Two Gallants (Examiner Part V)

Published:May 19, 2011 by Brendan Wolfe

Speaking of hospitals, according to the May 17, 1864, edition of the Daily Richmond Examiner [pdf], they were getting all the business they could handle—what with Grant and Lee going at each other in Spotsylvania County even while fighting raged in the Shenandoah Valley and on the James River. But medical staff in Richmond was in short supply. In the section called “City Intelligence,” the editors bemoan “The condition in which some of our wounded from the Southside were received at Rocketts yesterday,” suggesting it was “very shocking to humanity.” The problem was too few men and ambulances to haul the wounded up the hill to the hospital. And while the shortage was “not a very creditable commentary on the patriotism of those remaining in the city,” it had a solution: negro women! It was, after all, an emergency.

It was only a few days earlier, meanwhile, that the Confederate cavalry general J. E. B. Stuart was mortally wounded at the Battle of Yellow Tavern, dying soon after in the capital. One of Stuart’s officers, Colonel Henry Clay Pate, was killed in the same fight, and the Examiner has a story to tell on that subject:

As it happens, the “gallant Stuart and his equally brave and gallant compeer, Pate,” had been fussing, such that “a coldness had existed between them, and they had not spoken for months.” The gallant-happy editors go on to explain that “in the hottest of the fighting, General Stuart seeing Colonel Pate’s gallant bearing, rode up, complimented him, both shook hands, and then and there, in the face of the enemy and the flying bullets, made up their differences, and were friends again.”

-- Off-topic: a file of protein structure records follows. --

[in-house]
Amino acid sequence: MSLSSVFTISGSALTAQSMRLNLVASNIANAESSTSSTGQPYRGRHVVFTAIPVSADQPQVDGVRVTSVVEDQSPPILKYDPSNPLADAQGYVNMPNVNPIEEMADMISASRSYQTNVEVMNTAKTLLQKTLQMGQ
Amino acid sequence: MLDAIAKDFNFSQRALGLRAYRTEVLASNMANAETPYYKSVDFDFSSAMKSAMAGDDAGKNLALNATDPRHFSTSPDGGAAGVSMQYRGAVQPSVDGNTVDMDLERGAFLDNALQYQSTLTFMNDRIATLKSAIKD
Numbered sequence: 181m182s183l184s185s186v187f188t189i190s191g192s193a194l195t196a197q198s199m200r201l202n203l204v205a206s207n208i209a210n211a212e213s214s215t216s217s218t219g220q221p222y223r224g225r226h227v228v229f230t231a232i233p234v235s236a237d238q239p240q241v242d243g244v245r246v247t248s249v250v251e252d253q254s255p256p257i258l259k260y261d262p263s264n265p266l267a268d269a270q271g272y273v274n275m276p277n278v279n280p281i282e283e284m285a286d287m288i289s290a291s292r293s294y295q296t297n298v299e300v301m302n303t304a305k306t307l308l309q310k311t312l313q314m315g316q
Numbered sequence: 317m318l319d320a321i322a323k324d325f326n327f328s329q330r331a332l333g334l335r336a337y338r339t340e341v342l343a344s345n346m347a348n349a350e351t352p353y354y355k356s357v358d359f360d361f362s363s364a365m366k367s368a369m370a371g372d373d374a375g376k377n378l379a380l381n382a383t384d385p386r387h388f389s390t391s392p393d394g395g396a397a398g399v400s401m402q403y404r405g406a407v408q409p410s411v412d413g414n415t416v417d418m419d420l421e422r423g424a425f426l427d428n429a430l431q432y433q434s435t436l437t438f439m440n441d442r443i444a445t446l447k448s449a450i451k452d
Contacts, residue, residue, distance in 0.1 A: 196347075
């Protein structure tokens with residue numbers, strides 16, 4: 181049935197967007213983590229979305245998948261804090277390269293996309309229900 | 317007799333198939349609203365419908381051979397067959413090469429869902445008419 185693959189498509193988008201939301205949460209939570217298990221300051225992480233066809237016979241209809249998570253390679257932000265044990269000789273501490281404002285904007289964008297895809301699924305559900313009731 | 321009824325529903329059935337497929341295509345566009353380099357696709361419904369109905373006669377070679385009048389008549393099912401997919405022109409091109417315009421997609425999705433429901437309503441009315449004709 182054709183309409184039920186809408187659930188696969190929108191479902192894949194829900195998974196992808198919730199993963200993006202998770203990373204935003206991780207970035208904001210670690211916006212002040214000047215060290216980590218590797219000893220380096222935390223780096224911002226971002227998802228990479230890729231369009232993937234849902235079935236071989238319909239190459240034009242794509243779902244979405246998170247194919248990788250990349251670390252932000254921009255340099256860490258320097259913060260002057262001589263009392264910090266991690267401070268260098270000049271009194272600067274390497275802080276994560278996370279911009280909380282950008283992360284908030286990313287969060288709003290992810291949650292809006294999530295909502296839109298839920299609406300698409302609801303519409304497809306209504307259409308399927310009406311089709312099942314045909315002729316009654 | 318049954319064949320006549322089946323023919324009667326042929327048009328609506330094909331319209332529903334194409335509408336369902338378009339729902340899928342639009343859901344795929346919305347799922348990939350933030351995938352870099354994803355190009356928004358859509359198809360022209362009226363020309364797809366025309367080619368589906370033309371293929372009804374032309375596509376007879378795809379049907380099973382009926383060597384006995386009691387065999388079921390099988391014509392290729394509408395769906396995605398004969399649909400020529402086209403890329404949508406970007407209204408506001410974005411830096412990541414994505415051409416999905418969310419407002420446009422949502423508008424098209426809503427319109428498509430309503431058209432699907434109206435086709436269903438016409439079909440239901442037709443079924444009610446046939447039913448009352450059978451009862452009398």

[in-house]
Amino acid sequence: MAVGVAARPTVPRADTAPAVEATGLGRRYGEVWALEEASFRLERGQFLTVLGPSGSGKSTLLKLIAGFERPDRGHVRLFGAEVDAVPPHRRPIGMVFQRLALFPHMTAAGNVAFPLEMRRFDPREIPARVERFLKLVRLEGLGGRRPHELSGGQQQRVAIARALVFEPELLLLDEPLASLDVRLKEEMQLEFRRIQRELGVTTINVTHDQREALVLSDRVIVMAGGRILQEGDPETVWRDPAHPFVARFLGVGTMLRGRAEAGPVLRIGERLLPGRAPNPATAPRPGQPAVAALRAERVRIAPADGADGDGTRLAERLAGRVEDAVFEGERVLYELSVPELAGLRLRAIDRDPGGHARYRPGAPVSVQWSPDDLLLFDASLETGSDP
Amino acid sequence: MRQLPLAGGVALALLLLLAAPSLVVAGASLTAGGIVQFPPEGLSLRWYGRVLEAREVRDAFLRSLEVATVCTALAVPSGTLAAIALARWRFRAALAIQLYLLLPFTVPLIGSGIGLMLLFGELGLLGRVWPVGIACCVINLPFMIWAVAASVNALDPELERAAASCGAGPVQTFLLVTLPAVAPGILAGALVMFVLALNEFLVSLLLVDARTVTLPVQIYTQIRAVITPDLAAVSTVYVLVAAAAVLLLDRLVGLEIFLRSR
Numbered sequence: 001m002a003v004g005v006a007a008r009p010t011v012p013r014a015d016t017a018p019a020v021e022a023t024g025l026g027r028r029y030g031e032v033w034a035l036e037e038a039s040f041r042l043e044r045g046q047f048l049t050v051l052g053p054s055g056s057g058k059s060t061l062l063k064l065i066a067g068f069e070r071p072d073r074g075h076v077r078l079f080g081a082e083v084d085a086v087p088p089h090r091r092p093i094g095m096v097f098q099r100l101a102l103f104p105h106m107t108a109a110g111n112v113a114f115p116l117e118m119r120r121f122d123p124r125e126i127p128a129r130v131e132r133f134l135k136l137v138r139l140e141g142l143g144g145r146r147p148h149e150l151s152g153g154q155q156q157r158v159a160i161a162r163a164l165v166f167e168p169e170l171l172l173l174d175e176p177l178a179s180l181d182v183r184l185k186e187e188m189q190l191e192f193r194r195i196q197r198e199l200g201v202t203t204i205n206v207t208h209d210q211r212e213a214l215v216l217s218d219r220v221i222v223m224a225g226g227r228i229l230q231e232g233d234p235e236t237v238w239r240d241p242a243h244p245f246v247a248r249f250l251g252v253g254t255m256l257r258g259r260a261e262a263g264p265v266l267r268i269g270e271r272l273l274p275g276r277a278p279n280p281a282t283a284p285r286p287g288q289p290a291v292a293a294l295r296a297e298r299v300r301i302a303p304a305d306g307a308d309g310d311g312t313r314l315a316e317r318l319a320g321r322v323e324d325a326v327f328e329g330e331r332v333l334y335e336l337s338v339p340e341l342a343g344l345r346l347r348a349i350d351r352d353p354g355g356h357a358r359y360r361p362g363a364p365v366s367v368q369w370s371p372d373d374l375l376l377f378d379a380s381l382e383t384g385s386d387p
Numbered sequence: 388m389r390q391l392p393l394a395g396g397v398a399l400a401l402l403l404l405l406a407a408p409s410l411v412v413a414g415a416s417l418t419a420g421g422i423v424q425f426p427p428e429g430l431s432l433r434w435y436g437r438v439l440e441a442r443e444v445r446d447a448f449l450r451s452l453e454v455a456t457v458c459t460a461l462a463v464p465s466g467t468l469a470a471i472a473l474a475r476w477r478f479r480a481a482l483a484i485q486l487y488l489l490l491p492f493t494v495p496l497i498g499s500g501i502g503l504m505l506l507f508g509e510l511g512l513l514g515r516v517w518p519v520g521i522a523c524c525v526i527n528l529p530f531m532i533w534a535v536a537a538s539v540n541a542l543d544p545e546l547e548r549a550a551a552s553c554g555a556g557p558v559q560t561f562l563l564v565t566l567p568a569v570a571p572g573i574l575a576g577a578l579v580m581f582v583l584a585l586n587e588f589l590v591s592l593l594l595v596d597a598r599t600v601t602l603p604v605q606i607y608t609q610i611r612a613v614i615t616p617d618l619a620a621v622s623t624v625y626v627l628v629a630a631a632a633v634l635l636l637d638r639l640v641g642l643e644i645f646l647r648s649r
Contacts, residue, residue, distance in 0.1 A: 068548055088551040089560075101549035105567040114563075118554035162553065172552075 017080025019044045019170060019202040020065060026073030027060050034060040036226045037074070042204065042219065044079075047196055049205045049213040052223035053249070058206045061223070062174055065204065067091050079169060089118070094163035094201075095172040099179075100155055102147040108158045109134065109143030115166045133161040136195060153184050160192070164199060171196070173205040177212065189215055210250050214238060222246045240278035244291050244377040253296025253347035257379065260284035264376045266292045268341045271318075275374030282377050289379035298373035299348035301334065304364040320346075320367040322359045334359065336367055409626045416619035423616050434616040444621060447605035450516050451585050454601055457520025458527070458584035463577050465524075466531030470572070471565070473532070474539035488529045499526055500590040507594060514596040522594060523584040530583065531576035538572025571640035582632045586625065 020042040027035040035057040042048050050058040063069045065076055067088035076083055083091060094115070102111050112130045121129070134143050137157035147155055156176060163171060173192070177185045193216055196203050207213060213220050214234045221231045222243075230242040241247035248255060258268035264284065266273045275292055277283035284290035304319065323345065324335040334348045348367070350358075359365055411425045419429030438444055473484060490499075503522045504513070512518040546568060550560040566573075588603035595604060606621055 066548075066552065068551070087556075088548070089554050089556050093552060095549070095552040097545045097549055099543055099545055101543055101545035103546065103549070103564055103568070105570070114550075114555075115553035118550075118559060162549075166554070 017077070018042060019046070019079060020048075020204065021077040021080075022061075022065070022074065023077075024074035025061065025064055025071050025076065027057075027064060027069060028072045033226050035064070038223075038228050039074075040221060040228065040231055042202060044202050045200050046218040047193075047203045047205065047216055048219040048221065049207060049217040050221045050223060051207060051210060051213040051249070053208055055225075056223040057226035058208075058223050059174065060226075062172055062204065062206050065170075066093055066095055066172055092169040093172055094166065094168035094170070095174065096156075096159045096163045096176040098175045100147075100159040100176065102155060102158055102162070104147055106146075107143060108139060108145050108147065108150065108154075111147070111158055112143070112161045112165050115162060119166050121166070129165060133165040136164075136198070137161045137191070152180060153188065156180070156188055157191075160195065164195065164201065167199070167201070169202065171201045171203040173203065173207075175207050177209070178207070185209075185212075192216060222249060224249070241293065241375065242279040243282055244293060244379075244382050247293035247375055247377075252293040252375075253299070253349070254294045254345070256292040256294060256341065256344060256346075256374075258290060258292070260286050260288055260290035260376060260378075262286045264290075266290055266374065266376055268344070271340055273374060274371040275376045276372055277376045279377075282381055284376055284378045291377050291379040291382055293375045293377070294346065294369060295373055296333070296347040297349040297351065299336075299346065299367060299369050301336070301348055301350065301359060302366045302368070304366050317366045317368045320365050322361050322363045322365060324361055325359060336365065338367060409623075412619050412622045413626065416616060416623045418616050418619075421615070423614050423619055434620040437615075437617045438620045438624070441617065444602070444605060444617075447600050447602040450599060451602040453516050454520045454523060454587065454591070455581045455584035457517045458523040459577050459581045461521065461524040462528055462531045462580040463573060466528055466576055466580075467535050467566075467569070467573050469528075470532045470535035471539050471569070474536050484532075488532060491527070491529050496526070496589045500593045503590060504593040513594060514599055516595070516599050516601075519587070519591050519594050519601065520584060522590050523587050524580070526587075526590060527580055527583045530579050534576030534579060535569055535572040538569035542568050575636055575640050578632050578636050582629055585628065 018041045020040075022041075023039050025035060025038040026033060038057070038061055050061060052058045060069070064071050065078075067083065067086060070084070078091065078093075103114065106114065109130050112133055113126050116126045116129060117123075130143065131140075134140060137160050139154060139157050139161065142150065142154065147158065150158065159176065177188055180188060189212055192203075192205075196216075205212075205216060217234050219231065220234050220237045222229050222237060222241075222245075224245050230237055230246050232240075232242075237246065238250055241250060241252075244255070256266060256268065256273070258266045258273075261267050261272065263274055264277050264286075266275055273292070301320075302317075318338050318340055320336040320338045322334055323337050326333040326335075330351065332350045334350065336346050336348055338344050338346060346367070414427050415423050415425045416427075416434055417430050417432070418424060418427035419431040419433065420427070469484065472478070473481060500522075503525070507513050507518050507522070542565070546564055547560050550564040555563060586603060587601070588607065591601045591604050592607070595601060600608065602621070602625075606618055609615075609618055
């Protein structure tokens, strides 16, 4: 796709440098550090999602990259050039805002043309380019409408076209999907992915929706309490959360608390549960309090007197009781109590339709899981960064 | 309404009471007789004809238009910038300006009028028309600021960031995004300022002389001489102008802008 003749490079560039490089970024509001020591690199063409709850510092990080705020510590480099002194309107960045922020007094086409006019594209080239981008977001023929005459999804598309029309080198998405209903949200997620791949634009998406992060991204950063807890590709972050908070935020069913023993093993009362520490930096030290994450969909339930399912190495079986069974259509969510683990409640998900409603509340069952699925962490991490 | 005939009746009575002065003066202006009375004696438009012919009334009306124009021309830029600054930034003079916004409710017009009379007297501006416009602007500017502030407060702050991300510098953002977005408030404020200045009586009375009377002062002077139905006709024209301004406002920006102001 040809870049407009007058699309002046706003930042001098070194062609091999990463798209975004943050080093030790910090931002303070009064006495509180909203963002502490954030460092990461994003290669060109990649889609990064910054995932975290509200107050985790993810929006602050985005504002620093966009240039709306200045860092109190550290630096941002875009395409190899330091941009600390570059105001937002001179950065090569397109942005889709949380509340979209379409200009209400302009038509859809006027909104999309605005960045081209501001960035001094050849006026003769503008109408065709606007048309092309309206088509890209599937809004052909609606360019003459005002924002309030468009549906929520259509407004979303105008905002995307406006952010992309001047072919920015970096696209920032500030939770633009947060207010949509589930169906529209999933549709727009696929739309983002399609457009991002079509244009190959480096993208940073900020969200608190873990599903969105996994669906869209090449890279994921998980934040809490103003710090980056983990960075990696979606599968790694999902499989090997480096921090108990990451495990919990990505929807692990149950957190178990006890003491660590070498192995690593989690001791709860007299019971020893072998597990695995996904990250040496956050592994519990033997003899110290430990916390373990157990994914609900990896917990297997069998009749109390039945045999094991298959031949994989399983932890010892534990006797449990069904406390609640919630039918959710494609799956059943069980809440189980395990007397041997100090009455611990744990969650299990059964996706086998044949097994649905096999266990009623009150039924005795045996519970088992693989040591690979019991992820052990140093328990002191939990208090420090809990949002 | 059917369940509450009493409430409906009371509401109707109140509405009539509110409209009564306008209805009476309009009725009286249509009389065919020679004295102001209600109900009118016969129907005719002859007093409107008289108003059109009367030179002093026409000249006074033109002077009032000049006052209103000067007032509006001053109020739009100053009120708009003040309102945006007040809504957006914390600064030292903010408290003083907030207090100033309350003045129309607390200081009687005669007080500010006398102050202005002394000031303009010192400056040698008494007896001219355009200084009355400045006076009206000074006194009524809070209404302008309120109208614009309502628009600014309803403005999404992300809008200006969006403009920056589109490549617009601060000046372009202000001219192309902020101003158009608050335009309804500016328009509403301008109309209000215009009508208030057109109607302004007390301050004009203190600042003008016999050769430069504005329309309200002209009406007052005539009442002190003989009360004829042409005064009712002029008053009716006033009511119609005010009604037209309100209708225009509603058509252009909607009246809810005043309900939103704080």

Of course they were. And “in less than half an hour both had fallen—Colonel Pate by a bullet through the head.” Pate, it’s worth noting, was a native of Bedford County and an almost-graduate of the University of Virginia. He withdrew in 1850 to go west to Kentucky, then Missouri, then Kansas, where he battled John Brown and, briefly, was held as the man’s prisoner. Pate worried that Virginia’s youth had left the Old Dominion in a state of decline, and even published a book—The American Vade Medum; or, The Companion of Youth, and Guide to College—intended to set them straight.

In other words, Colonel Pate was a cranky old fart, even as a young man. Perhaps that was General Stuart’s objection.

COMING IN PART VI: An ominous storm sweeps over Richmond and two paperboys are detained.

IMAGE: The Battle of Yellow Tavern